So this is just my anecdote of what we get, we could get down to numbers but I think everyone has seen the charts. We spend about 18% of GDP, this is about more than double then what most countries spend. About half of it seems to be public and about half of it seems to be private.

We get worse healthcare outcomes than most countries. We're not living longer, we have more disability.
https://www.healthsystemtracker.org/chart-collection/quality-u-s-healthcare-system-compare-countries/#item-u-s-highest-rate-deaths-amenable-health-care-among-comparable-oecd-countries



I don't get it. Why is healthcare such a joke here.



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November 16, 2018, 03:06:59 AM
 #2

Same for me. I come for deputation in USA. what surprised me that taking appointment with regular doctor is nightmare. Even with insurance , I paid much more what I pay in my home country. Charged $1200 for ultrasound, paid $240 from my pocket.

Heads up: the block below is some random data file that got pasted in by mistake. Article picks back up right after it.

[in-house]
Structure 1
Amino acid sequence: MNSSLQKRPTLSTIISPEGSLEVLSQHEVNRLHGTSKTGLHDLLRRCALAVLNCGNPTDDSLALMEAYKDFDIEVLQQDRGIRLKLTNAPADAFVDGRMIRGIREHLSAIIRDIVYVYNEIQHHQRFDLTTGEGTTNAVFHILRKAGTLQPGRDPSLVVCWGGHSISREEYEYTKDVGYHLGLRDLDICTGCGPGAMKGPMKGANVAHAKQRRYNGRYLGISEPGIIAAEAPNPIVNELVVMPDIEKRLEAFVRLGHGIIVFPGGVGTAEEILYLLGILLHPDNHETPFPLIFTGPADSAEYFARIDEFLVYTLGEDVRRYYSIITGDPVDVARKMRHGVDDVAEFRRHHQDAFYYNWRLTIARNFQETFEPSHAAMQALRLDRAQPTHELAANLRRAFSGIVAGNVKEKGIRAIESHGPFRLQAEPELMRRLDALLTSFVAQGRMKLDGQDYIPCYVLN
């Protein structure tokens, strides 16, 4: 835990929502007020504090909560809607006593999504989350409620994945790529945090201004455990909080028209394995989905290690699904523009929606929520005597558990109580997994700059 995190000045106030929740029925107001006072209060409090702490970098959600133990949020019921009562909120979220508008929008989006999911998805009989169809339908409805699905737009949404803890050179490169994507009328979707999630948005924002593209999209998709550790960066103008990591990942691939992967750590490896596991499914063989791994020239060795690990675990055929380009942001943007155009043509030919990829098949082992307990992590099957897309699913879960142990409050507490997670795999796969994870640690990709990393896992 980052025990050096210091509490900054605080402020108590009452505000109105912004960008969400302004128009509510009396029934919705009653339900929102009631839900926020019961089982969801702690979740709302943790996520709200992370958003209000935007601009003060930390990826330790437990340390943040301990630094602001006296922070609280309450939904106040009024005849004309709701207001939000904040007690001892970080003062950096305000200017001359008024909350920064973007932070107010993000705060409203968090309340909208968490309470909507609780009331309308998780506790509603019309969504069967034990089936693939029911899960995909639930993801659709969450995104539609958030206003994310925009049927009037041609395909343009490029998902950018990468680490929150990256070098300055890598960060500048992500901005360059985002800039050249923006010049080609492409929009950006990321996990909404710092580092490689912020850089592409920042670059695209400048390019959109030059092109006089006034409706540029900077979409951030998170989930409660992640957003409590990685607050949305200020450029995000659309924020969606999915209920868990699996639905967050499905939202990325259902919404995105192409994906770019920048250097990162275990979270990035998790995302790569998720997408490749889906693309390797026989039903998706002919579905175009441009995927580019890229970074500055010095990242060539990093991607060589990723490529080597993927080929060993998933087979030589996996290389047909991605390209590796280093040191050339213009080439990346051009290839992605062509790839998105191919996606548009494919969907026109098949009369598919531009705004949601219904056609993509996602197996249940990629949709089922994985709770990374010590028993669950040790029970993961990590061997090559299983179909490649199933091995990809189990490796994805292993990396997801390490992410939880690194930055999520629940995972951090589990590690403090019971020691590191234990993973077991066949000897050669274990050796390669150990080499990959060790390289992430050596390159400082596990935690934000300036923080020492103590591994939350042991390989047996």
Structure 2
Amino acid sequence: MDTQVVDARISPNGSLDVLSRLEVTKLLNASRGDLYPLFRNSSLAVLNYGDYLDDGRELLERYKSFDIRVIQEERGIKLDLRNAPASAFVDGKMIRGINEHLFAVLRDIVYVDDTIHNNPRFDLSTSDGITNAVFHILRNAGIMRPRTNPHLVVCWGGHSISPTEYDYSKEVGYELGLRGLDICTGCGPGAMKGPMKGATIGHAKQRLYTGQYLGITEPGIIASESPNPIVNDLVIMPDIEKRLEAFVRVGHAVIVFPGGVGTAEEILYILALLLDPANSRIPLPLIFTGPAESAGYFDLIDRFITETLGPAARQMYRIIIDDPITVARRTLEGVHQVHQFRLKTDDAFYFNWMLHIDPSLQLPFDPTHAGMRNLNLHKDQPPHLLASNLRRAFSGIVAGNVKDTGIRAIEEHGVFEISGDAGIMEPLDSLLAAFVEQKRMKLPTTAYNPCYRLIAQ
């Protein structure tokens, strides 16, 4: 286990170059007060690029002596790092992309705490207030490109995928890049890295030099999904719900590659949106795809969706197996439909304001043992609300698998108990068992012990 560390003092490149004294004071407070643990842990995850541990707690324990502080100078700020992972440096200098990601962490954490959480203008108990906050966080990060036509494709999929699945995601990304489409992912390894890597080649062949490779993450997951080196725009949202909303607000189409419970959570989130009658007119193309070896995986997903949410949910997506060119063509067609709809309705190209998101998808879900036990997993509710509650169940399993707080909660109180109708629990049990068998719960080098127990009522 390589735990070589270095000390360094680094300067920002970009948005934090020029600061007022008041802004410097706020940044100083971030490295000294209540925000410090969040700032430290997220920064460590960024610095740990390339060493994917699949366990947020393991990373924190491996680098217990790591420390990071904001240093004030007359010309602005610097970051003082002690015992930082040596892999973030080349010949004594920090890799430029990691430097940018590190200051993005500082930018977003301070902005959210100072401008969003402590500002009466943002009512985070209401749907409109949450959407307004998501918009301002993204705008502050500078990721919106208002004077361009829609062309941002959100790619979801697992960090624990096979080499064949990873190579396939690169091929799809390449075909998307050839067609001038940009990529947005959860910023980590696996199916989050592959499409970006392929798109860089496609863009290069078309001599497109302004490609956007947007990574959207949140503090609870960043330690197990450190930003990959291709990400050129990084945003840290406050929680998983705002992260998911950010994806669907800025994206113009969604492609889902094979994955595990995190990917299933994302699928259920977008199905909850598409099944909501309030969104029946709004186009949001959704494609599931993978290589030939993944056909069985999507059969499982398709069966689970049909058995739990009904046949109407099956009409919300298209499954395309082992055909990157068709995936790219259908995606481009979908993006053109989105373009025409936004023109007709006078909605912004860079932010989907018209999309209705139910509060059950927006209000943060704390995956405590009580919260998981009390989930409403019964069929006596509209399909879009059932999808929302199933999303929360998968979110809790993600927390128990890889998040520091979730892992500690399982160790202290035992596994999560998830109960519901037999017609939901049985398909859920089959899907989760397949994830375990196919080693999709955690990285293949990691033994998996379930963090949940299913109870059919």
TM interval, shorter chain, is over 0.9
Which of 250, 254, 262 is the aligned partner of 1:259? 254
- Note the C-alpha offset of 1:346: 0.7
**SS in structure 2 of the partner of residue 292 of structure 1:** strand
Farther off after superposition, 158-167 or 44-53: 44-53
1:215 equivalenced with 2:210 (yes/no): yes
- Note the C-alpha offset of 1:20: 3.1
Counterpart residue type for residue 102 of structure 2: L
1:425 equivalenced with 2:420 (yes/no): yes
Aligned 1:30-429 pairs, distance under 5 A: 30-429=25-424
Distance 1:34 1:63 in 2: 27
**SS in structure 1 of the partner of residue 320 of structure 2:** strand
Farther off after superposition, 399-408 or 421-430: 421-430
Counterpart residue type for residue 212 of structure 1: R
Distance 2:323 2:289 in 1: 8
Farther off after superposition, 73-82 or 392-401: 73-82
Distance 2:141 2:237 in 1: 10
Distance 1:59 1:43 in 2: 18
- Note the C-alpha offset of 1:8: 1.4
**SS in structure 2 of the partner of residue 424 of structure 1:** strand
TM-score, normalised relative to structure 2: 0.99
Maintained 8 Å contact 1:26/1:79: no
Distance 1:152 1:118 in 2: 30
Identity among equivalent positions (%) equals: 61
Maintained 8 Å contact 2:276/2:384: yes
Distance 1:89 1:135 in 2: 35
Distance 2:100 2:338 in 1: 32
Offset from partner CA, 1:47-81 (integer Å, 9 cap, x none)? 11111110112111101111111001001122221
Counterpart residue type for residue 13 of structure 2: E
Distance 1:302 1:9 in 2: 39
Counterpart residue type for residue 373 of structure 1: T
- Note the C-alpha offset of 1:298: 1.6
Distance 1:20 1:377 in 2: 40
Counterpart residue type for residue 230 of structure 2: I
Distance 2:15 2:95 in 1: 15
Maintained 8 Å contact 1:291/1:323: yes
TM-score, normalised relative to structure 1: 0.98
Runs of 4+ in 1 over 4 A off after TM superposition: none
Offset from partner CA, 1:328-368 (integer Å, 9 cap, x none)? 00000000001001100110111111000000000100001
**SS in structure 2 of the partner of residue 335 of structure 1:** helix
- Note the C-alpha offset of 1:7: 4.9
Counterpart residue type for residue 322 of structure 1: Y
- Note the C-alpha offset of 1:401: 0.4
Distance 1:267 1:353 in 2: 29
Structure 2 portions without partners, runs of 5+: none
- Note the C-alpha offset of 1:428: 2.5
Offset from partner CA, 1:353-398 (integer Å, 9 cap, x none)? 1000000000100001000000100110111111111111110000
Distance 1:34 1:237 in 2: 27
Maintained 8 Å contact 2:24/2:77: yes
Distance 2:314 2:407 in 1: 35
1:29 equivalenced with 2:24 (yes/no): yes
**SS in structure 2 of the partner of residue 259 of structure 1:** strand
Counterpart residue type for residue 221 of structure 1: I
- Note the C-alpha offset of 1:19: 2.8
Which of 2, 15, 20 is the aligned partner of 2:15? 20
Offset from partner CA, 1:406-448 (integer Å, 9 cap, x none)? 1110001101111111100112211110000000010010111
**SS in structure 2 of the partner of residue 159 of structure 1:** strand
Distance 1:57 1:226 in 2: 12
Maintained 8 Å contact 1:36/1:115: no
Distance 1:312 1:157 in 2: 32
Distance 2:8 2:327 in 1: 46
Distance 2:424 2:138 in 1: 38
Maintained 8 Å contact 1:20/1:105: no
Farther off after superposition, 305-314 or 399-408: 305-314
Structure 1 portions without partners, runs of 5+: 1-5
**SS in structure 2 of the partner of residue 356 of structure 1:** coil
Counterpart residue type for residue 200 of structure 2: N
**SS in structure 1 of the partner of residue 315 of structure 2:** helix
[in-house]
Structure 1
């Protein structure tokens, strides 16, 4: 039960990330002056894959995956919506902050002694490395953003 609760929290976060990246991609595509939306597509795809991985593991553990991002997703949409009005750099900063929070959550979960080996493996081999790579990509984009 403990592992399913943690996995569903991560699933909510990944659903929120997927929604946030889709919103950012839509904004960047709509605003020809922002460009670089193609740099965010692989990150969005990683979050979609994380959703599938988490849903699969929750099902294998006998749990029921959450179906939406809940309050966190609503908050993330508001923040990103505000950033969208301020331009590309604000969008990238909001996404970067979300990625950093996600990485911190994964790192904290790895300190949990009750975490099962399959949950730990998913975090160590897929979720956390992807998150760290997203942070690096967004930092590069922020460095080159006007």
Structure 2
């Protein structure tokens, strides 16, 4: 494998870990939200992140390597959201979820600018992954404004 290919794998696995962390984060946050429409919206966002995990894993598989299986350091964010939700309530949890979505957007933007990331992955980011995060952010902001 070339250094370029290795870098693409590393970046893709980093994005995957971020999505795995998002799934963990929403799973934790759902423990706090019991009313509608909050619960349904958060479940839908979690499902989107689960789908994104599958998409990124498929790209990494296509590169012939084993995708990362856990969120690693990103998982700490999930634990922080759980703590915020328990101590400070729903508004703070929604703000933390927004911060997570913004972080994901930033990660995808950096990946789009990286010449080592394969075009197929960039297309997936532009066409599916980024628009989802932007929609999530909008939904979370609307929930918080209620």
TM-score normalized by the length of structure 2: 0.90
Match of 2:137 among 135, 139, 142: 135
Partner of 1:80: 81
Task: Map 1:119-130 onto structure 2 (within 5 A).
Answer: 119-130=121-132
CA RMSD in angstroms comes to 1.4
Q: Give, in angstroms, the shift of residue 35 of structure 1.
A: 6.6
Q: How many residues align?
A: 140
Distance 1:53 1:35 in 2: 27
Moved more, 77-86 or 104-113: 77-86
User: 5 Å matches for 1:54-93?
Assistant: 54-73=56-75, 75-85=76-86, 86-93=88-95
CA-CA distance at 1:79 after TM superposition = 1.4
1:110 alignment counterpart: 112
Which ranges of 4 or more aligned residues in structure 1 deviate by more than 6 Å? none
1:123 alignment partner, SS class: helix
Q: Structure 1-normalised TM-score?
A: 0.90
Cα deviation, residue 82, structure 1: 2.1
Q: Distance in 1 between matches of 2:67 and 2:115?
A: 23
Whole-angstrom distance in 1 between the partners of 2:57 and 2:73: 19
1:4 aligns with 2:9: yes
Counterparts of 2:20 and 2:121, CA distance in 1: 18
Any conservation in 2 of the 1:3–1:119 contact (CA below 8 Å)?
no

Surprisingly it cost $15 in my home country without any insurance. If I paid $240 in my home country instead of taking appointment, I can ask the hospital to seek appointment with me. Smiley

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November 16, 2018, 04:35:38 AM
 #3

@OP. You must live in a state that didn't accept the Medicaid expansion. Otherwise, if you make 99% of the poverty line, you would get Medicaid. But hey, State's rights and all. Roll Eyes
All I can recommend is move to Colorful Colorado. You should be able to get Medicaid as soon as you establish residency. Unfortunately, housing costs are a little high in the Denver metro. Maybe live in one of the rural areas on the plains.
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November 16, 2018, 04:56:59 AM